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Science and Nature publish the most fashionable papers


Where papers on H2 were published
Jan Klein Scientist
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Before I leave this part of my narration, I would like to make one point that seemed to be... seems to me to be important. Eventually it turned out that the H2 molecule... the MHC was one of three most essential molecules in immunology, the others being immunoglobulins and the T cell receptor. The T cell receptor at that time was still a very open question. There were claims that it is an immunoglobulin, another kind of contributing factors in the whole confusion because papers were published where it was demonstrated it was an immunoglobulin. Obviously all wrong, not true.

So there was still one player left out, but MHC was now clearly in and was very important. It would seem that such an important molecule... that the research on such an important molecule would open... would be publishable in the best journals, let's say Nature, Science, Proceedings, National Academy later Cell and so on. Well, it's interesting to see where the papers on H2 were published. So, let's take Gorer. Gorer published his papers, and I think Gorer... well, Snell got a Nobel Prize eventually, Gorer unfortunately died, but if he lived, I think he would have been a Nobel Prize winner as well. So where did Gorer publish the H2 works? It was in Journal of GeneticsBritish Journal of Experimental PathologyJournal of Pathology and Bacteriology, Journal of... that's the same one, Cancer ResearchBritish Journal of Cancer, and so on.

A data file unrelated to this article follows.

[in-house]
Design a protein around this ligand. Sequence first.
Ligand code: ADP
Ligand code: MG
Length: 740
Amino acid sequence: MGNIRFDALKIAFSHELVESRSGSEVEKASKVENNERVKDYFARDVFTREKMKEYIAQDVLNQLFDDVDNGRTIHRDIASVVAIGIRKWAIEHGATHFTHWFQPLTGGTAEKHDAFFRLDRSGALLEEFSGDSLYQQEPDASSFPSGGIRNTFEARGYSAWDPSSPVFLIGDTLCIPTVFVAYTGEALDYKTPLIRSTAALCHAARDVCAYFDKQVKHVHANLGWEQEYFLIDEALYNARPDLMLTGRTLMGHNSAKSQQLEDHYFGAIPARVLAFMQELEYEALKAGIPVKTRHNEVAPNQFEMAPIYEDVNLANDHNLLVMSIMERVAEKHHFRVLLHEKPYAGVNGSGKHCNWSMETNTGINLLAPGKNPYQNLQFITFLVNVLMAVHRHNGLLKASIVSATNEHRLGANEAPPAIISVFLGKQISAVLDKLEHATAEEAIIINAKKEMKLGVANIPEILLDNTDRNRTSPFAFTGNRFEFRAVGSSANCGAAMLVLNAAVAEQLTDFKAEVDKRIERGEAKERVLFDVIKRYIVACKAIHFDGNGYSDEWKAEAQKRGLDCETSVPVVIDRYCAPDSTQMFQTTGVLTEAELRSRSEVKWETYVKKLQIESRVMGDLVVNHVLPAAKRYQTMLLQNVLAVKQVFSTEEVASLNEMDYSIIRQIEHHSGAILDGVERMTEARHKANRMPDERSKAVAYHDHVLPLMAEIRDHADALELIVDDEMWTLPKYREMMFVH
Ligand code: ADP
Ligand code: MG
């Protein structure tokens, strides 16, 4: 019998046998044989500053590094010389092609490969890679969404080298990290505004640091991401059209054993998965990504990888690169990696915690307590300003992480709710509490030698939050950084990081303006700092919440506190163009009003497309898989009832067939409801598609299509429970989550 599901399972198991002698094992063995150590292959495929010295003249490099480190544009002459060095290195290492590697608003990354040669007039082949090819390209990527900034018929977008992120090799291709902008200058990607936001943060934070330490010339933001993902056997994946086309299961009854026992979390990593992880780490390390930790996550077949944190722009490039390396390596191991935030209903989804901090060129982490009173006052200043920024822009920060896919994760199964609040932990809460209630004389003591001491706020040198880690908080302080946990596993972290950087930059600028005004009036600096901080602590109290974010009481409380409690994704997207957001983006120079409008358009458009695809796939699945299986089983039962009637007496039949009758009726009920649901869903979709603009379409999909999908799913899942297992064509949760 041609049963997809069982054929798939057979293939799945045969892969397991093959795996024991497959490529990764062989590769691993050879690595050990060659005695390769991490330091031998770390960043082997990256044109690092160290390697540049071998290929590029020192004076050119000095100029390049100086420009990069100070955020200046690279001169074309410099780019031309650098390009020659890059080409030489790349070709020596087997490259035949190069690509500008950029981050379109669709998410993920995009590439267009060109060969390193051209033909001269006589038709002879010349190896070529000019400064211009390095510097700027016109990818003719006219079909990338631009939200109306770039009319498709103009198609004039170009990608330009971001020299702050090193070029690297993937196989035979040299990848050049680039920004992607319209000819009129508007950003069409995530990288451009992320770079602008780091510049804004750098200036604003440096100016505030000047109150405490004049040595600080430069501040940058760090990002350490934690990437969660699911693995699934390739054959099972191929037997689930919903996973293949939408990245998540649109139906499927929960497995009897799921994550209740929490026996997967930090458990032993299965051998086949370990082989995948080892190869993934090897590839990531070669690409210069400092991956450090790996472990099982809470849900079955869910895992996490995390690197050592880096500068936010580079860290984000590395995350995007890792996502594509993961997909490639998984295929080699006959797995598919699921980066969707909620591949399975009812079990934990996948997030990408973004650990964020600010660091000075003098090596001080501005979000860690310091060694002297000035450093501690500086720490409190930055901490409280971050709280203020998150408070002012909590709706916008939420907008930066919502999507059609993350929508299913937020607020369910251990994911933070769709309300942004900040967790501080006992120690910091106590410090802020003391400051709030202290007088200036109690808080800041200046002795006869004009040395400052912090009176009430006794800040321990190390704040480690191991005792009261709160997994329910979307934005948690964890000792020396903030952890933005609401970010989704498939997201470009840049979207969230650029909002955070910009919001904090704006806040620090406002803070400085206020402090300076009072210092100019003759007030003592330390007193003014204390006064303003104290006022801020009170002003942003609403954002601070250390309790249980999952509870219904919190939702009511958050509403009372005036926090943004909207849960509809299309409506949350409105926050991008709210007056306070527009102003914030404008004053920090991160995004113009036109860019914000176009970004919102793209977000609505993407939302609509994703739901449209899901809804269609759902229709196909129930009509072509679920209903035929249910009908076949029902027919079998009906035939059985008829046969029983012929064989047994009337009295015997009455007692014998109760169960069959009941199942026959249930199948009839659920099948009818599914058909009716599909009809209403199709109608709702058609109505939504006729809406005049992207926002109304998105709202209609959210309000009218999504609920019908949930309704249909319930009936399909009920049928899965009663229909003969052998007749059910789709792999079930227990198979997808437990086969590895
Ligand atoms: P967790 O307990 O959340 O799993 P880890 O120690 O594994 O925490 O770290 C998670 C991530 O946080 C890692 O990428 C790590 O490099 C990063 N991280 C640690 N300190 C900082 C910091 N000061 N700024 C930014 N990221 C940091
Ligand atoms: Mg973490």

Born in 1936, Jan Klein is a Czech-American immunologist who co-founded the modern science of immunogenetics – key to understanding illness and disease. He is the author or co-author of over 560 scientific publications and of seven books including 'Where Do We Come From?' which examines the molecular evolution of humans. He graduated from the Charles University at Prague in 1955, and received his MS in Botany from the same school in 1958. From 1977 to his retirement in 2004, he was the Director of the Max Planck Institute for Biology at Tübingen, Germany.

Listeners: Colm O'hUigin

Colm O'hUigin is a senior staff scientist at the US National Cancer Institute. He received his BA, MSc and PhD at the Genetics Department of Trinity College, Dublin where he later returned as a lecturer. He has held appointments at the Center for Population and Demographic Genetics, UT Houston, and at the University of Cambridge. As an EMBO fellow, he moved in 1990 to the Max Planck Institute for Biology in Tübingen, Germany to work with Jan Klein and lead a research group studying the evolutionary origins of immune molecules, of teeth, trypanosomes and of species.

Tags: MHC, T cell receptor, immunoglobulin, Nobel prize, Journal of Genetics, British Journal of Experimental Pathology, Journal of Pathology and Bacteriology, Cancer Research, British Journal of Cancer, George Davis Snell, Peter Alfred Gorer

Duration: 2 minutes, 33 seconds

Date story recorded: August 2005

Date story went live: 24 January 2008